After we had carefully hacked out the main shape with the hatchet, while staying about 1/8th of an inch away from all pencil marks, the bow was now ready for rasping and scraping. We’ve been testing out the pencils from gear hungry and to date, I cannot find anything to criticize. Using one of the clamp stations, I clamped down my bow and with a farrier’s hoof rasp started scraping off all tool marks right up to the pencil marks, leveled the back of the limbs, and shaped the handle. Most important in this stage is to keep checking progress so as to not go too fast, and to check both edges for symmetry (one limb side should not higher or lower than the other). The limbs are only as thick as their thinnest part, and special care needs to be taken in this regard, especially where the handle tapers off into the limb. From there on it’s pretty simple. The widest and thickest part of the limb is right at the taper of the handle, and from there the shape should gradually get narrower and thinner up to about halfway, to then thicken again to compensate for the skinny tapered tip design. Using mostly my fingers I would run them up and down the limb and feel for thickness irregularities, especially around the knots, and carefully rasp and later scrape them down. The thinnest part of the limb is about halfway, which is where most energy is stored, and therefore the most bend should happen when pulled back to fire.
The thinner middle in this drawing is exaggerated to give you the general idea.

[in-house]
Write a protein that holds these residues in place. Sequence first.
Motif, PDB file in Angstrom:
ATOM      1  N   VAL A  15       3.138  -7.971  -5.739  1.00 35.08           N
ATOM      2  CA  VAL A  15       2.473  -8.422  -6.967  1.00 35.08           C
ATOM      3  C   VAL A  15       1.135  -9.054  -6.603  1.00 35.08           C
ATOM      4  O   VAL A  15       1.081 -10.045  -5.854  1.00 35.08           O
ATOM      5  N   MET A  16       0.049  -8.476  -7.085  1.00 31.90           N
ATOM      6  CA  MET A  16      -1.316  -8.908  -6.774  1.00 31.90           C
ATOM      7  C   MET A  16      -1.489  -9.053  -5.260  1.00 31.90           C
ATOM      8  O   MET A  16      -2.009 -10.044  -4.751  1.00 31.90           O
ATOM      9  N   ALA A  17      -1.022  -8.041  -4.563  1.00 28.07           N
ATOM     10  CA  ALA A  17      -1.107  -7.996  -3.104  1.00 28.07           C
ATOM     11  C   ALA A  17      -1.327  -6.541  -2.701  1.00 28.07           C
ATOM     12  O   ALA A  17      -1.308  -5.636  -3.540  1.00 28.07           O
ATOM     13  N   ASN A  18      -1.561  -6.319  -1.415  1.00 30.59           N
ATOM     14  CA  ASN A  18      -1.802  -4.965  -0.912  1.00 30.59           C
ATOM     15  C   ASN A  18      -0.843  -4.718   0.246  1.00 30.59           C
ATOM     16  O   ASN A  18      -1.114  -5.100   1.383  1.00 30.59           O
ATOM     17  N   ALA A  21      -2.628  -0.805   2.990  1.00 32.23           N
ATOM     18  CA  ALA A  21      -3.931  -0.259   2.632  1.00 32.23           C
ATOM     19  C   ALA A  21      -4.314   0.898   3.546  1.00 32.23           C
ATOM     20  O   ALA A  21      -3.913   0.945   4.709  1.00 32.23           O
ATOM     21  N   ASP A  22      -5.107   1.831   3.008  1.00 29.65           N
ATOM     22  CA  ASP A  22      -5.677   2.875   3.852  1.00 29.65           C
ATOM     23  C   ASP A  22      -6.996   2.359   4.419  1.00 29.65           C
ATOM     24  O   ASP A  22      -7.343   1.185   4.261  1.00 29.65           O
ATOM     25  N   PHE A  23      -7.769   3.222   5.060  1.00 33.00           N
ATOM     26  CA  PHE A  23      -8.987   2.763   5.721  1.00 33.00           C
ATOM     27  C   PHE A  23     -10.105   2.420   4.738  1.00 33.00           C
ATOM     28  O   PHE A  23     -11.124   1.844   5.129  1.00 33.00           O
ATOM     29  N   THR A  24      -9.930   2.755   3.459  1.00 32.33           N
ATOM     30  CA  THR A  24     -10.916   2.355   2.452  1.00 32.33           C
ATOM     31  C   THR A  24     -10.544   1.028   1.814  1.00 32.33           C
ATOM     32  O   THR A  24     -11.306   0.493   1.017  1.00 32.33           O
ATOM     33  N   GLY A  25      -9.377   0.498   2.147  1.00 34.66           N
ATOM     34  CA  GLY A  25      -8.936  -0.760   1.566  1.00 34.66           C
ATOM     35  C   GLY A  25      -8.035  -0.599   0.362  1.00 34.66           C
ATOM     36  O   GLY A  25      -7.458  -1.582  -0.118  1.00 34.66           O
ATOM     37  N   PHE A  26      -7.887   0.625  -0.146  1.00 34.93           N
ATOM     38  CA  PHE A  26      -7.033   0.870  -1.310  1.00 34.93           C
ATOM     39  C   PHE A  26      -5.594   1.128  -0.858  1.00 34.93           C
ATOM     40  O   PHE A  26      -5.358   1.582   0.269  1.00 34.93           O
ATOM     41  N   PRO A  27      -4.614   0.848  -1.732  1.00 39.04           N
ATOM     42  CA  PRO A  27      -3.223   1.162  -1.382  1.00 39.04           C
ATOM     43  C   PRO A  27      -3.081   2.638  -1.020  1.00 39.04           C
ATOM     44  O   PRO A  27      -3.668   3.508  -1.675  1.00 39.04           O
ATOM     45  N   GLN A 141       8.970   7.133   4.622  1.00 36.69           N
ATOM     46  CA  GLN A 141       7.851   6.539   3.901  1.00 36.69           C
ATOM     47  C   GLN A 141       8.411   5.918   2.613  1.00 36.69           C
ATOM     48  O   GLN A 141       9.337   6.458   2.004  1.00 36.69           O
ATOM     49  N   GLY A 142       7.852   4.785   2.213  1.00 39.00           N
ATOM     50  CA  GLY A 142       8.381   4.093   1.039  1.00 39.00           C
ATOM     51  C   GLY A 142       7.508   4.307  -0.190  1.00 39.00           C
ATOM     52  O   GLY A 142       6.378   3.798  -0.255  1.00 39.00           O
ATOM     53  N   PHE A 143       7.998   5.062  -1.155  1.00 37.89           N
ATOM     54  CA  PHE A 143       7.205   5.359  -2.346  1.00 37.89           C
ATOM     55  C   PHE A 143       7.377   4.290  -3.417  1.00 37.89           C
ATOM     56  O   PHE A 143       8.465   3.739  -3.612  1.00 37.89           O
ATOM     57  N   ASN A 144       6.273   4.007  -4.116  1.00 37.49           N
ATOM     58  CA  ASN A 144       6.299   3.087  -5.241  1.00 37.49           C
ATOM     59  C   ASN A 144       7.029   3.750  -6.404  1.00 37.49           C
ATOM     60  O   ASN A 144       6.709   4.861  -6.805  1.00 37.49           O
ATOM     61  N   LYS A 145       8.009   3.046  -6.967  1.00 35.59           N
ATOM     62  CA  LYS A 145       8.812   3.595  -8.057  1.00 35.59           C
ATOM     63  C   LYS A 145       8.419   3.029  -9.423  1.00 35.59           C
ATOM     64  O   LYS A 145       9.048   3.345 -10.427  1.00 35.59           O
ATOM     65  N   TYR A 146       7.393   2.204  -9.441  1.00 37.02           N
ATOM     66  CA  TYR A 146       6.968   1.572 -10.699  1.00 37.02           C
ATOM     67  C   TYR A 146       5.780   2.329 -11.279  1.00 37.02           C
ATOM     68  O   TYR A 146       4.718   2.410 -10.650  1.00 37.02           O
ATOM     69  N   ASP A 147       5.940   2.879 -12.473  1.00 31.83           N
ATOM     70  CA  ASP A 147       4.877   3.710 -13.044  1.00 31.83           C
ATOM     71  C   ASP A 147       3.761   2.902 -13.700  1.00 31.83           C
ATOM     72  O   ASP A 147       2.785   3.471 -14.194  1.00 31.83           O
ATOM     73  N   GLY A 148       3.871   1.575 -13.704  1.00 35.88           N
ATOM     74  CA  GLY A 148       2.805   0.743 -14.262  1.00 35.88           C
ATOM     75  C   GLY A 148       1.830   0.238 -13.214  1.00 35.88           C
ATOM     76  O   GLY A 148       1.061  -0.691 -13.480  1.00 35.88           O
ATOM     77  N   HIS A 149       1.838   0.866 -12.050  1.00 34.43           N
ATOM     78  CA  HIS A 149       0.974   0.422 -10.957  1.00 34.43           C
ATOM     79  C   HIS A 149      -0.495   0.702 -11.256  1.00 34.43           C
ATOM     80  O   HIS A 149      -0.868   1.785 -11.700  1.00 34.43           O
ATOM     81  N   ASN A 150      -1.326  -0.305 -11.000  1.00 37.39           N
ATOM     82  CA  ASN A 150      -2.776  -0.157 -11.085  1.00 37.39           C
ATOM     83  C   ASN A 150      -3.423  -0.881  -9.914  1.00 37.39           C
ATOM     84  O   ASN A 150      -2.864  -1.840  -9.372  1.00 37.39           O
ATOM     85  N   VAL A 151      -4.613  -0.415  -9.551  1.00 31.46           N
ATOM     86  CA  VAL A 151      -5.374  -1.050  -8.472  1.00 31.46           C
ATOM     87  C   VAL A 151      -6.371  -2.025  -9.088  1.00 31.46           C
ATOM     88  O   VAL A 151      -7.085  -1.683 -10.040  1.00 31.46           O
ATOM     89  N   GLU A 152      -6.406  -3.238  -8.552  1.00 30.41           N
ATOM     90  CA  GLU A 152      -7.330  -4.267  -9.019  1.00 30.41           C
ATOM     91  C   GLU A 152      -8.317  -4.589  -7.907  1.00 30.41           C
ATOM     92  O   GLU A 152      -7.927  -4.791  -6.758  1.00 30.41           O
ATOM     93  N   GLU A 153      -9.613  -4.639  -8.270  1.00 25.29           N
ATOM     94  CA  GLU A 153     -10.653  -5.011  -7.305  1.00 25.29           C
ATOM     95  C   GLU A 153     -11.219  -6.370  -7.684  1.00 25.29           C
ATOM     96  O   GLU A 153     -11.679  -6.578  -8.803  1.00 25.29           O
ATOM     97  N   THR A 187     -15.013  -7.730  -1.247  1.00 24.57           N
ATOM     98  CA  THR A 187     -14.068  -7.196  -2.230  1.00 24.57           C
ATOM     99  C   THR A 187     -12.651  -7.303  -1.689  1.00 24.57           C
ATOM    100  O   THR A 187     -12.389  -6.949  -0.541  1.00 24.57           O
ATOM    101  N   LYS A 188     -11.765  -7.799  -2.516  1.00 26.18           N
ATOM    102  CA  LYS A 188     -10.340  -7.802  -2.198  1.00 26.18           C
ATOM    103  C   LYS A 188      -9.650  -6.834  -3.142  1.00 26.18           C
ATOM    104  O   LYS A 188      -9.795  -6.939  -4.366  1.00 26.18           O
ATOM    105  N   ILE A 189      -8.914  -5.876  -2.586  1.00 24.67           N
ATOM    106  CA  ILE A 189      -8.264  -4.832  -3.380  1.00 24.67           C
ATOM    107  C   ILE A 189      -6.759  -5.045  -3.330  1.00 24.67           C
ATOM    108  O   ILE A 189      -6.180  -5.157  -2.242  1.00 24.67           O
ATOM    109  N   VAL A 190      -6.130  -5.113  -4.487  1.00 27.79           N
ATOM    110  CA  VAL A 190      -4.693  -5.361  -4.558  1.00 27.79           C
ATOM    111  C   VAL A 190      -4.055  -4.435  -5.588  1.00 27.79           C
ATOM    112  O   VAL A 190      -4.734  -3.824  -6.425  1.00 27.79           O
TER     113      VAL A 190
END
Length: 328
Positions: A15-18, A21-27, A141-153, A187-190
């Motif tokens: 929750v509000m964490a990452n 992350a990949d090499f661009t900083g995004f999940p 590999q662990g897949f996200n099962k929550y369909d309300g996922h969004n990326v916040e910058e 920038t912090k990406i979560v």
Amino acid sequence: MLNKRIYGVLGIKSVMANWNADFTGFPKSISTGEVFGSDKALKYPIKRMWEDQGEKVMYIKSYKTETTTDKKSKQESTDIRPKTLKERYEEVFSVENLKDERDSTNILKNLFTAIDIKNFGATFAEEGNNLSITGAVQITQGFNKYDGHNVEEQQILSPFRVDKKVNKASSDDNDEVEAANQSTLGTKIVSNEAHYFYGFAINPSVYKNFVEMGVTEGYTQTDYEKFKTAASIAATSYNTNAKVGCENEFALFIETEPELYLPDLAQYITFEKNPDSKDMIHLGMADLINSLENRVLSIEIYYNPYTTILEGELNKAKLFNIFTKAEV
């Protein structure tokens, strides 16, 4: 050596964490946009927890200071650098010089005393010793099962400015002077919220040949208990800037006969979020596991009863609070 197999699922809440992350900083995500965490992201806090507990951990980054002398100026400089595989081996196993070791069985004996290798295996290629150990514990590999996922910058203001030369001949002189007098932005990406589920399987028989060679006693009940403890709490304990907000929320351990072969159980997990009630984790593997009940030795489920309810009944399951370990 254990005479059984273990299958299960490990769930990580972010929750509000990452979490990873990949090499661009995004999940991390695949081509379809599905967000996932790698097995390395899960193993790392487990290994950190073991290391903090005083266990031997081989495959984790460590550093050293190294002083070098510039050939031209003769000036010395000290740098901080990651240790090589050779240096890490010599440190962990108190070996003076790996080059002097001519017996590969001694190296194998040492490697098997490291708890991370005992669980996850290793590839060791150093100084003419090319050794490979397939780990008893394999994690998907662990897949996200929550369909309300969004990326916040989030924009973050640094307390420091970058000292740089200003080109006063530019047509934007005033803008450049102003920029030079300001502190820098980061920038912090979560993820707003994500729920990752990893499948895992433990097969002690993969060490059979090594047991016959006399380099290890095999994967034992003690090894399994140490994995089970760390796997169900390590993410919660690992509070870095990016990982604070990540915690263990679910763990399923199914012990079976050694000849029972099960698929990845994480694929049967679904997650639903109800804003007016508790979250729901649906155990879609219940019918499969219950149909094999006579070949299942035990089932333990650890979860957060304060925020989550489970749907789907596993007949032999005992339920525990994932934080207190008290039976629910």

Instructor Sean marking the belly of my bow.
From this time on, the instructors were kept busy and would regularly swing by to check our bows, adding crosses to show where to stay away and squiggles where more wood needed to be removed. This step was quite a challenge as it is hard to see; the differences are minute and were mostly only ‘visible’ by touch. It sure helped that I have experience throwing pottery, as that’s all about seeing with your fingertips too! Interestingly, as our instructors would remind us now and then, we’re still not making a bow – we’re making a bow shaped sculpture! Not until the tillering stage, where the limbs are starting to get flexed, is the bow sculpture slowly transforming into a bow.
Hard at work rasping and shaping the sides and handle of the bow ‘sculpture’.
It’s starting to look like something!
When the limbs of the bow finally start to have a little bend, as tested by gently bending, it finally is tillering time! The first tentative bending is done by putting the tip on something solid like a concrete floor, pushing away on the handle with one hand (and that elbow braced on your hip if needed) – nowhere else – and steadying the upper tip with the other: the wood remembers stress and the wrong pressure in the wrong place can permanently alter the flex of the limb! Now the rasp gets put away and the scraping knife is put to good use. We used knives similar to carving knives, fairly long but with a slight burr added to one edge for efficient scraping. And once again, all tool marks, now from the rasp, are carefully removed and the backs of the limbs are smoothed out. Then it is a matter of carefully removing layers of wood from the belly of the limbs until they started bending more and more, and more evenly. Also at this time we made a bowstring using the Flemish twist technique, and added nock points to the bow tips with a small saw (handmade by three hacksaw blades taped together). Carving or filing nock points works as well; just don’t carve into the back of the bow, only the sides and belly. The string would still be fairly long, so the bow bends shallowly and gently gets accustomed to becoming a bow.